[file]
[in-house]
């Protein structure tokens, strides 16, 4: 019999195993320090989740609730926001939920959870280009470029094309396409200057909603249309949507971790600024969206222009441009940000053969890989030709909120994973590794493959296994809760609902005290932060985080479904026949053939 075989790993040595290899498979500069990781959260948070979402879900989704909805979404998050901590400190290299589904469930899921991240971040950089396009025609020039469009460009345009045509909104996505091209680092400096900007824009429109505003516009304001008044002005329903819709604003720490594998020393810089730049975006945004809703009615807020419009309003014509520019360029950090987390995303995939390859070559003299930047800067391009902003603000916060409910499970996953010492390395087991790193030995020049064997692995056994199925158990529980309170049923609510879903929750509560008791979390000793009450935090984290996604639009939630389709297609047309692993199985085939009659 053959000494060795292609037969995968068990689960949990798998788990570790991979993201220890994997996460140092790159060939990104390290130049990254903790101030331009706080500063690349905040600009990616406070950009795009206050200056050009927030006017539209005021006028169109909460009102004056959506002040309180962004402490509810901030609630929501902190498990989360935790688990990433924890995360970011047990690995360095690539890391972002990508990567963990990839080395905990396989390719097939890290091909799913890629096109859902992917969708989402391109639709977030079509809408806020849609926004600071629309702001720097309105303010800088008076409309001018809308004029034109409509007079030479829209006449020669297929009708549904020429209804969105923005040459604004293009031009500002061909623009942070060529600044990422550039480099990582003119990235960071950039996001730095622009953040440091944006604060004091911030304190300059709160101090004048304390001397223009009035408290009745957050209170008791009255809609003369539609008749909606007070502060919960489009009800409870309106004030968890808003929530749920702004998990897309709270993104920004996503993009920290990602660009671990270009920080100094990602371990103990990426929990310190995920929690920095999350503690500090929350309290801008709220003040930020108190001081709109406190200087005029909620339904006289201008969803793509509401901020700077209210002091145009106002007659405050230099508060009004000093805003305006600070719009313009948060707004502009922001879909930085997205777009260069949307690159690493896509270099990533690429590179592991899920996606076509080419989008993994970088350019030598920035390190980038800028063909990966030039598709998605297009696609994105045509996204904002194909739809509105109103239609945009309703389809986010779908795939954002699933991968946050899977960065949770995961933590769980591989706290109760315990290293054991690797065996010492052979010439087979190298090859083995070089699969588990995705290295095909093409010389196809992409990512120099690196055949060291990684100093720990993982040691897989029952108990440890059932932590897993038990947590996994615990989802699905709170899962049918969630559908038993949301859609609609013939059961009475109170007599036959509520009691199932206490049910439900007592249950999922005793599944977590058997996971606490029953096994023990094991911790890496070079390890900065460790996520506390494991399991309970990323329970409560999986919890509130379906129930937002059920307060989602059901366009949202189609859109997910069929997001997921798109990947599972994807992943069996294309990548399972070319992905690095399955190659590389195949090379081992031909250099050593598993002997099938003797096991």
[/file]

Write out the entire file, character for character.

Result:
[in-house]
């Protein structure tokens, strides 16, 4: 019999195993320090989740609730926001939920959870280009470029094309396409200057909603249309949507971790600024969206222009441009940000053969890989030709909120994973590794493959296994809760609902005290932060985080479904026949053939 075989790993040595290899498979500069990781959260948070979402879900989704909805979404998050901590400190290299589904469930899921991240971040950089396009025609020039469009460009345009045509909104996505091209680092400096900007824009429109505003516009304001008044002005329903819709604003720490594998020393810089730049975006945004809703009615807020419009309003014509520019360029950090987390995303995939390859070559003299930047800067391009902003603000916060409910499970996953010492390395087991790193030995020049064997692995056994199925158990529980309170049923609510879903929750509560008791979390000793009450935090984290996604639009939630389709297609047309692993199985085939009659 053959000494060795292609037969995968068990689960949990798998788990570790991979993201220890994997996460140092790159060939990104390290130049990254903790101030331009706080500063690349905040600009990616406070950009795009206050200056050009927030006017539209005021006028169109909460009102004056959506002040309180962004402490509810901030609630929501902190498990989360935790688990990433924890995360970011047990690995360095690539890391972002990508990567963990990839080395905990396989390719097939890290091909799913890629096109859902992917969708989402391109639709977030079509809408806020849609926004600071629309702001720097309105303010800088008076409309001018809308004029034109409509007079030479829209006449020669297929009708549904020429209804969105923005040459604004293009031009500002061909623009942070060529600044990422550039480099990582003119990235960071950039996001730095622009953040440091944006604060004091911030304190300059709160101090004048304390001397223009009035408290009745957050209170008791009255809609003369539609008749909606007070502060919960489009009800409870309106004030968890808003929530749920702004998990897309709270993104920004996503993009920290990602660009671990270009920080100094990602371990103990990426929990310190995920929690920095999350503690500090929350309290801008709220003040930020108190001081709109406190200087005029909620339904006289201008969803793509509401901020700077209210002091145009106002007659405050230099508060009004000093805003305006600070719009313009948060707004502009922001879909930085997205777009260069949307690159690493896509270099990533690429590179592991899920996606076509080419989008993994970088350019030598920035390190980038800028063909990966030039598709998605297009696609994105045509996204904002194909739809509105109103239609945009309703389809986010779908795939954002699933991968946050899977960065949770995961933590769980591989706290109760315990290293054991690797065996010492052979010439087979190298090859083995070089699969588990995705290295095909093409010389196809992409990512120099690196055949060291990684100093720990993982040691897989029952108990440890059932932590897993038990947590996994615990989802699905709170899962049918969630559908038993949301859609609609013939059961009475109170007599036959509520009691199932206490049910439900007592249950999922005793599944977590058997996971606490029953096994023990094991911790890496070079390890900065460790996520506390494991399991309970990323329970409560999986919890509130379906129930937002059920307060989602059901366009949202189609859109997910069929997001997921798109990947599972994807992943069996294309990548399972070319992905690095399955190659590389195949090379081992031909250099050593598993002997099938003797096991």